Chairman's Corner: Our chair thinks trustees are irrelevant

Chairman's Corner: Our chair thinks trustees are irrelevant
Chair issues

Chairman's Corner: Our chair thinks trustees are irrelevant

Governance | Neal Green | 1 May 2006

The Chairman asks Neal Green to respond to a worried company secretary whose chair is convinced that trustees are irrelevant.

Dear Chairman,

I recently became company secretary of a small national charity based in my area. Its success is due to the vision, drive and charisma of its chairman. He is a successful businessman with a reputation for getting things done.

There are twelve trustees in all. The board meets every three months, but turnout is often low. The chairman sets the agenda and makes it clear what he thinks ought to be done. The other trustees don't question or disagree with his views. The agenda usually includes a report and ratification of the chair's actions: those decisions that have been made by the chair in between trustees meetings.

Relations between the chair and chief executive have been tense for a little while. Last week the chair sacked the chief executive for insubordination without consulting the other trustees. Two of the trustees were very concerned about this and asked for an emergency trustees meeting, but the chair said there was nothing further to discuss.

I am very concerned about the situation, and would welcome your advice.

Yours sincerely,

A worried company secretary

Dear worried company secretary,

You're right to be concerned, particularly about the dismissal of the charity's chief executive. If employment procedures have not been followed, the chief executive may have a claim for unfair dismissal. It's important that the charity checks whether it has complied with its own employment procedures and gets good employment law advice.

You have a wider concern about the conduct of your chairman. Charismatic leaders play an essential role in establishing vision and driving an organisation forward, but no charity should be a one man (or woman) show. It is important for the trustees to understand that trustees have collective authority: individuals do not have authority unless authority has been delegated to them in some specific areas by the trustees. Trustees have a legal responsibility to work together and make decisions jointly, making use of any specialist skills or knowledge they have. If improper decisions are made, or actions taken, the trustees all share responsibility for this. The other trustees must get involved in making decisions about the charity and should not just rubber stamp the chairman's decisions and actions.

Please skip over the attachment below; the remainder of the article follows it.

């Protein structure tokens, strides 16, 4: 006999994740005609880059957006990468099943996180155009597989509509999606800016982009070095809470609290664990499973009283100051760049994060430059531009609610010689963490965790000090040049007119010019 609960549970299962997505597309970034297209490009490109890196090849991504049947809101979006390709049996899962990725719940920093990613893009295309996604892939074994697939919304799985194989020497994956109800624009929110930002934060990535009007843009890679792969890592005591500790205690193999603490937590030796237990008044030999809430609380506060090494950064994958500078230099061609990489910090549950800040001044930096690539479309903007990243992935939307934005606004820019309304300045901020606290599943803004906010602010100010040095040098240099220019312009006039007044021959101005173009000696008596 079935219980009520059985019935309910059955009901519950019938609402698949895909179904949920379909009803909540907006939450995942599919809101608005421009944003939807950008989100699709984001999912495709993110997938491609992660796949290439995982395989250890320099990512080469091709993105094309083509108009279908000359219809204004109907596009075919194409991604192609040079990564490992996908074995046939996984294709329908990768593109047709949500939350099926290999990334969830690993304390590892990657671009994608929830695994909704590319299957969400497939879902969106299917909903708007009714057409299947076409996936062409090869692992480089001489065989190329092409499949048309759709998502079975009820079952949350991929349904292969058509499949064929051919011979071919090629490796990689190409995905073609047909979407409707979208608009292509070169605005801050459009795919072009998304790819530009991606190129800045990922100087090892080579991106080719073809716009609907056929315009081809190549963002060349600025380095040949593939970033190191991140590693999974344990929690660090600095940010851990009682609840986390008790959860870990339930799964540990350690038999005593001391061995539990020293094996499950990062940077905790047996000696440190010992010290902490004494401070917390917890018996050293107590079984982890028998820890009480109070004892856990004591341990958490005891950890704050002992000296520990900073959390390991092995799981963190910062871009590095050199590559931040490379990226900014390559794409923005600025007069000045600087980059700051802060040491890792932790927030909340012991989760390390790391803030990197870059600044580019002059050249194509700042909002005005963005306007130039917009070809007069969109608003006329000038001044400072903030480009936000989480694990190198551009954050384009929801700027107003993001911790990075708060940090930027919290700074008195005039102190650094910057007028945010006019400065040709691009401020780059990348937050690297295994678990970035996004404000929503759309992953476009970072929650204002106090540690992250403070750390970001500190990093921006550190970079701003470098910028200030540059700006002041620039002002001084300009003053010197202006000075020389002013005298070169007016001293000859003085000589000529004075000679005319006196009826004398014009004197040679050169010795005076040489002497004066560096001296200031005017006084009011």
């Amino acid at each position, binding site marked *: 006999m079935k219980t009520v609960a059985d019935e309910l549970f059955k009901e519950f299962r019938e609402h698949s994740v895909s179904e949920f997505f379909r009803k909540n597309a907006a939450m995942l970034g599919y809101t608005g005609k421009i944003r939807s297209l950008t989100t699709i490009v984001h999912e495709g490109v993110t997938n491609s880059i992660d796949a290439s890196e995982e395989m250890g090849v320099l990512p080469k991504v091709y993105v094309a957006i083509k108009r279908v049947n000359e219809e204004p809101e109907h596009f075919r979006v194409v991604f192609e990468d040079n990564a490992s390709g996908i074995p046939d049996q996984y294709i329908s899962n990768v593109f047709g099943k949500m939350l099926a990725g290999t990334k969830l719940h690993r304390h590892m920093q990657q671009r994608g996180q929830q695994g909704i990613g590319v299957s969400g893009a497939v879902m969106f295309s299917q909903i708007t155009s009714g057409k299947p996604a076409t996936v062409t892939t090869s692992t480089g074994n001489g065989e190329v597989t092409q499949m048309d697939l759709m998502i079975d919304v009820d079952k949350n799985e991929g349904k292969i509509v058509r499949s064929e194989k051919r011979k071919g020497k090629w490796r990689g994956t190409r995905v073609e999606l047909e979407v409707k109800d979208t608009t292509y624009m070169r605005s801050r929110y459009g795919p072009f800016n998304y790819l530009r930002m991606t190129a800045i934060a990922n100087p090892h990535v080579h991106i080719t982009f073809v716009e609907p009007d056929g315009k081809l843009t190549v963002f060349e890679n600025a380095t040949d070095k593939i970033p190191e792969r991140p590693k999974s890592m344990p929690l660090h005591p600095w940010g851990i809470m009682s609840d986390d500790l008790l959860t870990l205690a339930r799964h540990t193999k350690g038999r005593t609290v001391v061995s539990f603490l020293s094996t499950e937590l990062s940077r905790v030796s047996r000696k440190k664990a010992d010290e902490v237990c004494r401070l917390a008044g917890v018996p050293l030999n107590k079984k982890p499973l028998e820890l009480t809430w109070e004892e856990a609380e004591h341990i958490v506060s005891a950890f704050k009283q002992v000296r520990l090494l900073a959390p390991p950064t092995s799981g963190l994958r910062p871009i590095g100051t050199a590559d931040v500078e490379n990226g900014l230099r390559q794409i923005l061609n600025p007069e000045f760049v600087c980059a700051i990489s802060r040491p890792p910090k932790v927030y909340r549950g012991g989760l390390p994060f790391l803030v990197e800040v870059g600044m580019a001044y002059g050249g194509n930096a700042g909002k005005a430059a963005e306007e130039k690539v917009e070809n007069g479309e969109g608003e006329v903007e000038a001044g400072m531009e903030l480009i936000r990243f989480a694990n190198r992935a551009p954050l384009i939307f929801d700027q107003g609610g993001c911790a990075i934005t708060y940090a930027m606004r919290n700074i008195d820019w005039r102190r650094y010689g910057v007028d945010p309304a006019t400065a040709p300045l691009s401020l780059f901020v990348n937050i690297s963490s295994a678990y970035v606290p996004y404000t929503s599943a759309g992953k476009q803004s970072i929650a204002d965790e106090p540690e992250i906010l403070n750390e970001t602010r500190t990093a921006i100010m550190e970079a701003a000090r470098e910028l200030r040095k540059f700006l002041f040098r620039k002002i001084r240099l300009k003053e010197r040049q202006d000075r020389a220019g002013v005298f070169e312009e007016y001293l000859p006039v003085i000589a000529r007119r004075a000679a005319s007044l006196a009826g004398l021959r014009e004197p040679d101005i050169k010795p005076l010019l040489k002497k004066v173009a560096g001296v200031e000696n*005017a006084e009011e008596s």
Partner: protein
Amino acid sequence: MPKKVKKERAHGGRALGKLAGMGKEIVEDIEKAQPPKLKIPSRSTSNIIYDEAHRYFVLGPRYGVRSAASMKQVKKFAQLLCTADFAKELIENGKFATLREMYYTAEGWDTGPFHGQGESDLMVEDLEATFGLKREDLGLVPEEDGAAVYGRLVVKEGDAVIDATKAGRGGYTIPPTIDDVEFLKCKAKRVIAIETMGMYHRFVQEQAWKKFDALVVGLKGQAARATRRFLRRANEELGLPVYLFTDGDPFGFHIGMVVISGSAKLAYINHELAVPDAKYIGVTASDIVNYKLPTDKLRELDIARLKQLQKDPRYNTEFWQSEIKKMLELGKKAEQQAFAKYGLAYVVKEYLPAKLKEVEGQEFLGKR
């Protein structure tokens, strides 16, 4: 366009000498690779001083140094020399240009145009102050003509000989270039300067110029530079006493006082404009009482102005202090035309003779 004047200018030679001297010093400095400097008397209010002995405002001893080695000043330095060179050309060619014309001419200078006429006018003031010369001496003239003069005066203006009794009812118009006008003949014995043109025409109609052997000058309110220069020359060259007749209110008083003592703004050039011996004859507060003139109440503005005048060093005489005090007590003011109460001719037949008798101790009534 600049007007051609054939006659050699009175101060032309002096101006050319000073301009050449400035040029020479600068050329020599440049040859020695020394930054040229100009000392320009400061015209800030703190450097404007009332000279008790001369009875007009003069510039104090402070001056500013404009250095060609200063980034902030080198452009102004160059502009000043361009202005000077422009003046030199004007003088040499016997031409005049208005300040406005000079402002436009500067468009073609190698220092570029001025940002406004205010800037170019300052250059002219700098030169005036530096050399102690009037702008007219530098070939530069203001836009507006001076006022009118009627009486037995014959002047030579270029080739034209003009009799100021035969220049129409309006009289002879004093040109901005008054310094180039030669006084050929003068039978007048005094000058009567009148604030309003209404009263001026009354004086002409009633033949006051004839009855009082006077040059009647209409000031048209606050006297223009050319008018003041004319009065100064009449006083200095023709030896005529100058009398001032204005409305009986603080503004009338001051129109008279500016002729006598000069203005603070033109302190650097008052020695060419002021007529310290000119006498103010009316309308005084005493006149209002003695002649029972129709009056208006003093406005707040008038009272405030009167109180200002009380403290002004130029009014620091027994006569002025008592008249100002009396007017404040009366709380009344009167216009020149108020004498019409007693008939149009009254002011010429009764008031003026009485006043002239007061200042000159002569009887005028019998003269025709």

It's essential that you make the other trustees aware of their responsibility to attend meetings and get involved in decision making. You could use Charity Commission guidance such as The Essential Trustee (CC3) to explain their responsibilities or get a good charity lawyer to explain the duties and responsibilities of trustees. The trustees need to talk firmly to the chairman, explain the situation to him, and insist on him involving them more actively in decision-making processes. The first issue they will need to address, with appropriate professional advice, is the sacking of the chief executive. Check your governing instruments. Your trustees may have the power to call an emergency meeting even if the chairman says that one is unnecessary.

But it's not just about scaring people with their legal responsibilities; we want to encourage effective boards and charities. The Commission's publication The Hallmarks of an Effective Charity (CC60) may help; Good Governance: A code for the voluntary and community sector (available from the Governance Hub) sets out some key principles and practical suggestions. And keep reading governance!

Good luck,

Neal Green 

Senior policy adviser for the Charity Commission


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